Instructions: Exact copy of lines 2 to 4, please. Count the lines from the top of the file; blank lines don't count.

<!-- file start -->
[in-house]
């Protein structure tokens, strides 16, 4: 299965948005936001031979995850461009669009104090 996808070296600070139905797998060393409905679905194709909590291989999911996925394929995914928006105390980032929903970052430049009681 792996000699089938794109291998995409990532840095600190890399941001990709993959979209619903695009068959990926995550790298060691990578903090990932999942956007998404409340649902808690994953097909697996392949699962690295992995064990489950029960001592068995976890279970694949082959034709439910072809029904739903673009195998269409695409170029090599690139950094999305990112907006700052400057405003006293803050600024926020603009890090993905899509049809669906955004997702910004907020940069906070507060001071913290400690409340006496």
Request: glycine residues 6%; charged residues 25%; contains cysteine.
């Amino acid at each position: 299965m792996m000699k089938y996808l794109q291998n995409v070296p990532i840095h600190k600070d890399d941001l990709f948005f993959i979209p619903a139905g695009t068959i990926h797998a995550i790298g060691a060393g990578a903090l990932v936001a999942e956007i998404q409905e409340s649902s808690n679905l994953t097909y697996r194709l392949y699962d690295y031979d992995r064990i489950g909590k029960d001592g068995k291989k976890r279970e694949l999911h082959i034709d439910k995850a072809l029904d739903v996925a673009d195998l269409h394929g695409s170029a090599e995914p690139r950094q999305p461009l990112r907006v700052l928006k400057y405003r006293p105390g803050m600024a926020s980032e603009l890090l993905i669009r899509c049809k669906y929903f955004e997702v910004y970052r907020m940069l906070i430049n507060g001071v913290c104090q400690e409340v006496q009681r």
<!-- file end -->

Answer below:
């Protein structure tokens, strides 16, 4: 299965948005936001031979995850461009669009104090 996808070296600070139905797998060393409905679905194709909590291989999911996925394929995914928006105390980032929903970052430049009681 792996000699089938794109291998995409990532840095600190890399941001990709993959979209619903695009068959990926995550790298060691990578903090990932999942956007998404409340649902808690994953097909697996392949699962690295992995064990489950029960001592068995976890279970694949082959034709439910072809029904739903673009195998269409695409170029090599690139950094999305990112907006700052400057405003006293803050600024926020603009890090993905899509049809669906955004997702910004907020940069906070507060001071913290400690409340006496």
Request: glycine residues 6%; charged residues 25%; contains cysteine.
């Amino acid at each position: 299965m792996m000699k089938y996808l794109q291998n995409v070296p990532i840095h600190k600070d890399d941001l990709f948005f993959i979209p619903a139905g695009t068959i990926h797998a995550i790298g060691a060393g990578a903090l990932v936001a999942e956007i998404q409905e409340s649902s808690n679905l994953t097909y697996r194709l392949y699962d690295y031979d992995r064990i489950g909590k029960d001592g068995k291989k976890r279970e694949l999911h082959i034709d439910k995850a072809l029904d739903v996925a673009d195998l269409h394929g695409s170029a090599e995914p690139r950094q999305p461009l990112r907006v700052l928006k400057y405003r006293p105390g803050m600024a926020s980032e603009l890090l993905i669009r899509c049809k669906y929903f955004e997702v910004y970052r907020m940069l906070i430049n507060g001071v913290c104090q400690e409340v006496q009681r």